Issue 192 of SOCIALIST REVIEW Published December 1995 Copyright Socialist Review

LETTERS

Protect and survive

While Andrea Butcher (November SR) made the important point about the recent pill scare being no more than a cost cutting exercise, the article told me no more than I could have read in The Guardian or Independent.
Sex and contraception should never be mentioned without talking about safe sex. Heterosexual sex is still the greatest spreader of HIV and AIDS, yet women in Britain are discouraged from using condoms in favour of the cheaper pill which offers no such protection.
Condoms offer more protection against cervical cancer, are not affected by the taking of antibiotics or sickness, offer protection from pregnancy, HIV and AIDS, but they are more expensive.
Andrea was too soft on the pill, citing its protection against cancer and relative lower risk of thrombosis than pregnancy as facts in its favour. Because we defend the pill politically, it does not mean that we begin to accept that it is okay for a sexually active woman to be an automatic thrombosis risk.
I am for more choice, not less and will defend the pill against attacks from the right, and actively campaign for its availability in countries like Southern Ireland. But that doesn't mean I will pretend that the pill is not also a great health risk to women and is shoved down their throats because it is the cheapest and least time consuming method of contraception going.
As a 15 year old sexually active woman I was prescribed the pill by my busy and underfunded GP. Nobody talked to me about the possible side effects or the choices I had for alternative methods of contraception.
Today it is getting harder and harder to track down free condoms on the NHS.
As socialists we are for real choice, decent sex education and free condoms in every GP's surgery for all.
Beth Armstrong
North London


Health or wealth?

Paul Foot's article, 'Treated for Health or for Wealth?' (November SR) contained useful ammunition against the argument that we can't afford an NHS. Unfortunately the Tories' have already made significant steps towards a piecemeal privatisation of the NHS.
For several years the focus for health managers has been on contracts (between purchasers and providers of health) and the money associated with them, rather than on patients. NHS beds, wards, and even hospitals are closed if they aren't contributing enough income. On the other hand, private work is growing. In 1993-94 trusts were paid 115 million for treating private patients and by next year the NHS may be the largest single provider of private health care.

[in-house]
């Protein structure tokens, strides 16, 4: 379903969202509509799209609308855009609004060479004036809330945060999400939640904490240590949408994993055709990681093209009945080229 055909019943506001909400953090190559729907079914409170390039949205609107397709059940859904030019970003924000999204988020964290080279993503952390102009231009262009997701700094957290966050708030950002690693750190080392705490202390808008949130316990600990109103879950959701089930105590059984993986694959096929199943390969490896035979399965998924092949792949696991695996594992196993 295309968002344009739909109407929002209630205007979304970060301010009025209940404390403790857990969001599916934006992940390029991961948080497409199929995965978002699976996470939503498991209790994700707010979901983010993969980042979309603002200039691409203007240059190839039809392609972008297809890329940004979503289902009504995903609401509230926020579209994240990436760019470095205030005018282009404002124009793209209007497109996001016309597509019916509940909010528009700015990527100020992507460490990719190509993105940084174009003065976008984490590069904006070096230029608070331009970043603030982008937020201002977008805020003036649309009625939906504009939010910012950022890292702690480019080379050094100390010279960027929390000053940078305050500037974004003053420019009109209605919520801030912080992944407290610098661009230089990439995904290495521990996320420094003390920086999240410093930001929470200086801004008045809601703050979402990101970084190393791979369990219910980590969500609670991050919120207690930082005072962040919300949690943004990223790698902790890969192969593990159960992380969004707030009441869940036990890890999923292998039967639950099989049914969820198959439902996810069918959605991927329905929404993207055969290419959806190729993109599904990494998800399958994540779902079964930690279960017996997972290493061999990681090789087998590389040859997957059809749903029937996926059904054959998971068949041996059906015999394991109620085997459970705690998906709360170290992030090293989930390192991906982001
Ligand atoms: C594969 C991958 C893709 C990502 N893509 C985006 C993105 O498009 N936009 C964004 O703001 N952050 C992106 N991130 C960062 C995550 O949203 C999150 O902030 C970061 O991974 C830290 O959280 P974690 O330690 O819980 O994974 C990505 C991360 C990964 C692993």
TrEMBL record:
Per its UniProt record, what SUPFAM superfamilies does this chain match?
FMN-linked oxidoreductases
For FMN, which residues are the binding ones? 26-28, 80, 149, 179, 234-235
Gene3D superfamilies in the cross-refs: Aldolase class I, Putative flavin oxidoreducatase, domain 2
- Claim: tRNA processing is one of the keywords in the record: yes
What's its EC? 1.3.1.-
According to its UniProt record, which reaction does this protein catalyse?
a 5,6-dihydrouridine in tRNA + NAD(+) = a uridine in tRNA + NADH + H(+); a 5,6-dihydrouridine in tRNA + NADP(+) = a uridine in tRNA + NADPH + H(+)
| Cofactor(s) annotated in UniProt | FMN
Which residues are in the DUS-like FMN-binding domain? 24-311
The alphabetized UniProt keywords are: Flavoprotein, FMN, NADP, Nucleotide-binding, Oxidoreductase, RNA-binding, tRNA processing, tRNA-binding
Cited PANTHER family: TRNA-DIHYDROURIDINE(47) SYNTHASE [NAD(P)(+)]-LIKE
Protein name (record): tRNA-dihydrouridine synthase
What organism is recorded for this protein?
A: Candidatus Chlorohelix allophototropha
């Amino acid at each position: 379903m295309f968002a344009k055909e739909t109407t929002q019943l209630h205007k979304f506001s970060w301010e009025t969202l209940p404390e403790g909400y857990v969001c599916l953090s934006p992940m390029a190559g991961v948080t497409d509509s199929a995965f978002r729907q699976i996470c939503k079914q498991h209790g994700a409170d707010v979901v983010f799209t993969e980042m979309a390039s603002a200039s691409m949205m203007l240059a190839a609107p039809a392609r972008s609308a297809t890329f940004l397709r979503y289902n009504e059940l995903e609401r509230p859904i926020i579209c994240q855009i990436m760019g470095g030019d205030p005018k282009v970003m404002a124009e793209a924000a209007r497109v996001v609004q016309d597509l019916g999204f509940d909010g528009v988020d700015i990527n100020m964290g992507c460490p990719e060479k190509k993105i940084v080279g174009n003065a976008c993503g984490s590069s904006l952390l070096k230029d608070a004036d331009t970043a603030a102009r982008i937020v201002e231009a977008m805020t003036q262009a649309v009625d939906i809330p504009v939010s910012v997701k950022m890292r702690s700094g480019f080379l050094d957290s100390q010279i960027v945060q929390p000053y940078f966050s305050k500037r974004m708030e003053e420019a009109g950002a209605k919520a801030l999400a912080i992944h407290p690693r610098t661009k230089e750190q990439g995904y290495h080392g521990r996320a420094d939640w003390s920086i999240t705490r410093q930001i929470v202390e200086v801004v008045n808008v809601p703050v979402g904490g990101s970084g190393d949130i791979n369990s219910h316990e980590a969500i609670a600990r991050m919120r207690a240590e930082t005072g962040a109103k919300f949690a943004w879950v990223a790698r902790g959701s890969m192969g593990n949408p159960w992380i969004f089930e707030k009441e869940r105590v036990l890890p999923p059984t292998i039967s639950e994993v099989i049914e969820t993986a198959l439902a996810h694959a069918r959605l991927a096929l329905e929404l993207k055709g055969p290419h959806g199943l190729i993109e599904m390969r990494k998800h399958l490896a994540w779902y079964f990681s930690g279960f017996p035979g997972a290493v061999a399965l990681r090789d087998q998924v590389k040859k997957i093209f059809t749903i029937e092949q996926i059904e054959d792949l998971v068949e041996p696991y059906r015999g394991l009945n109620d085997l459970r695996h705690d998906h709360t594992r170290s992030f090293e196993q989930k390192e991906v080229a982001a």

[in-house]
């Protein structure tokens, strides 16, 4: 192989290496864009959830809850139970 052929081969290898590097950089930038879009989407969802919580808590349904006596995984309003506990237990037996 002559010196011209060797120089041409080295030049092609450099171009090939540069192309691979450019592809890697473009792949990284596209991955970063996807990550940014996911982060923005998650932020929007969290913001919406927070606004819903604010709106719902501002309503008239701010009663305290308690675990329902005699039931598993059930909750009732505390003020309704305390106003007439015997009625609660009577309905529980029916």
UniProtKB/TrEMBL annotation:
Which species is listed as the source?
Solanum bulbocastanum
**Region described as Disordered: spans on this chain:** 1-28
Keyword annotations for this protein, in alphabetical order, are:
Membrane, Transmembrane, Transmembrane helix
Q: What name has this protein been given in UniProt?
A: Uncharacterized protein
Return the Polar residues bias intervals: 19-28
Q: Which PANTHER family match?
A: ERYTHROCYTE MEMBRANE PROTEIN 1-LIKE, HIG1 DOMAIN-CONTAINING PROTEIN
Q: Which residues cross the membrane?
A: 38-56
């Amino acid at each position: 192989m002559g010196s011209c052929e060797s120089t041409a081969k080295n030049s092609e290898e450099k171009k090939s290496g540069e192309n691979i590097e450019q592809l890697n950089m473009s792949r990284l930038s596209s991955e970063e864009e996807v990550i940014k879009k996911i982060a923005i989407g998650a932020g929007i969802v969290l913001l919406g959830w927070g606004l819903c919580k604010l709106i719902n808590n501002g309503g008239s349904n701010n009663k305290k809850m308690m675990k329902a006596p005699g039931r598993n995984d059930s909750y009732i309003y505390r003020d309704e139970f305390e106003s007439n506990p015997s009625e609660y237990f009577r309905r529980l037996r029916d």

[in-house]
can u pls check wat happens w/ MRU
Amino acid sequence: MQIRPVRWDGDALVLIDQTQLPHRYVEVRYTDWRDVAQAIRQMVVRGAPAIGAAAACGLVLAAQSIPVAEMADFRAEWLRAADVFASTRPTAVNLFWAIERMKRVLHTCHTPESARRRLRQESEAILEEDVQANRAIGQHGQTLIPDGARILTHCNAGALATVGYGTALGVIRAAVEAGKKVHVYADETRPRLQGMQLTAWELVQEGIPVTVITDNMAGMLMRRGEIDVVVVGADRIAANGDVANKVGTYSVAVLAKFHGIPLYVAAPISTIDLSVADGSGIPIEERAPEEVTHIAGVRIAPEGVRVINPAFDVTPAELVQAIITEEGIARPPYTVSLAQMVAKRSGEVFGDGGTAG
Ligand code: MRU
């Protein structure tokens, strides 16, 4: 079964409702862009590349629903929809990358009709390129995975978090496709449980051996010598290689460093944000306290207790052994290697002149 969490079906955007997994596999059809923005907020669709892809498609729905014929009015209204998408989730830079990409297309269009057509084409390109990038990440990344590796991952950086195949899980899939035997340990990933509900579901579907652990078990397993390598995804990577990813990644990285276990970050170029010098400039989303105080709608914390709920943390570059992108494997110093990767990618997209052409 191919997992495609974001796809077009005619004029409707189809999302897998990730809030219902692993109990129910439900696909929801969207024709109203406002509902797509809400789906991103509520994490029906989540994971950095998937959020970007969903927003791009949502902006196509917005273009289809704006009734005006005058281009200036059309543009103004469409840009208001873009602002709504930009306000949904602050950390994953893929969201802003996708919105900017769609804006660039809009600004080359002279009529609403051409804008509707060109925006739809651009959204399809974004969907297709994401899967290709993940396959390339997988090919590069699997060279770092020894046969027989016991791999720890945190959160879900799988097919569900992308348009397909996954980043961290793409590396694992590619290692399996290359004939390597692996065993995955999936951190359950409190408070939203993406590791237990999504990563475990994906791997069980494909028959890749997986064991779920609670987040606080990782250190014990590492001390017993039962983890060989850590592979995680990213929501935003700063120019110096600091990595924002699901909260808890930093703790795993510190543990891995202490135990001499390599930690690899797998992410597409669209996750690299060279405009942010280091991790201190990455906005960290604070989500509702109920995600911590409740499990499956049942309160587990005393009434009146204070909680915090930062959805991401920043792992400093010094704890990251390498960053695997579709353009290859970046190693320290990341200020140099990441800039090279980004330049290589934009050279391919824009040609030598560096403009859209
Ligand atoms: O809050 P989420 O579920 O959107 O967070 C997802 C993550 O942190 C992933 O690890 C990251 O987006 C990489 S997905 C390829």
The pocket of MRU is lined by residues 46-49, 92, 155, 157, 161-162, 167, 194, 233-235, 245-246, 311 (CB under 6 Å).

Stories abound of GIP fundholding practices being given preferential treatment. But even these changes are too slow for the government--it is now encouraging completely private GP services.
Another part of the government's strategy is the Private Finance Initiative (PFI). This means all new investment projects must be open to bids from the private sector. The government is encouraging bids which hand over everything to private consortia, right from the design to the running of the project. PFI projects being considered include new hospital buildings, computer systems, and services (clinical services have not been ruled out). The private companies put up the money and carry out these projects. In return the trust must pay the companies for their use. Since direct government funding for capital projects is being cut, whether a health investment is being made will depend increasingly on whether the private sector thinks there's enough profit in it, rather than on the needs of patients.
It is not just patients who are affected by the changes. In fact workers in the health service often see the effects first. Health managers are obsessed with increasing productivity--hence the attacks on national bargaining and the local disputes over pay and conditions. We need to be armed with the arguments to defend the health service, but also be ready with support for every fight against the government's attacks. The stand of the workers at Hillingdon Hospital shows the possibilities for stopping privatisation in its tracks.
Dave Allinson
Sheffield


Care and the community

I was somewhat annoyed at the article pertaining to the 'Million Man March' (November SR). Why is it that, every time blacks try to organise themselves, they are labelled anti-white?
I think it's apparent that whites for the most part are afraid of black unity, especially when the call doesn't come from the lips of some white person or black Uncle Tom.
I know there are many whites out there who are genuinely not trying to undermine the unification of black people, but these are far and few in number.
Don't Sharon Smith and all those other march bashers realise that the march wasn't for the purpose of addressing (all) the issues that are facing black people, but a call to address some issues facing our black men! We, as black men, are killing ourselves in great numbers.
Why don't those white folks move out of our way and allow us to do for ourselves and not be further dependants of their ever 'so generous' social programmes? Because in actuality, they don't want the blacks' real independence to materialise. Collectively blacks spend about $400 billion per year in this economy.
Yet the majority of this is spent outside of our communities. It doesn't take a rocket scientist to realise that white Amerikkka's true fear lies in the loss of that revenue.
Black men must first get themselves together, then they will be capable of taking care of their kids, wives, families and the community overall. Everyone in opposition to the MMM actually fear one thing... black unity!!! I presume I'll get much debate from you in response to this letter. That's what I want.
Brian Roberson
No 886. Ellis No 1 Unit,
Huntsville, Texas


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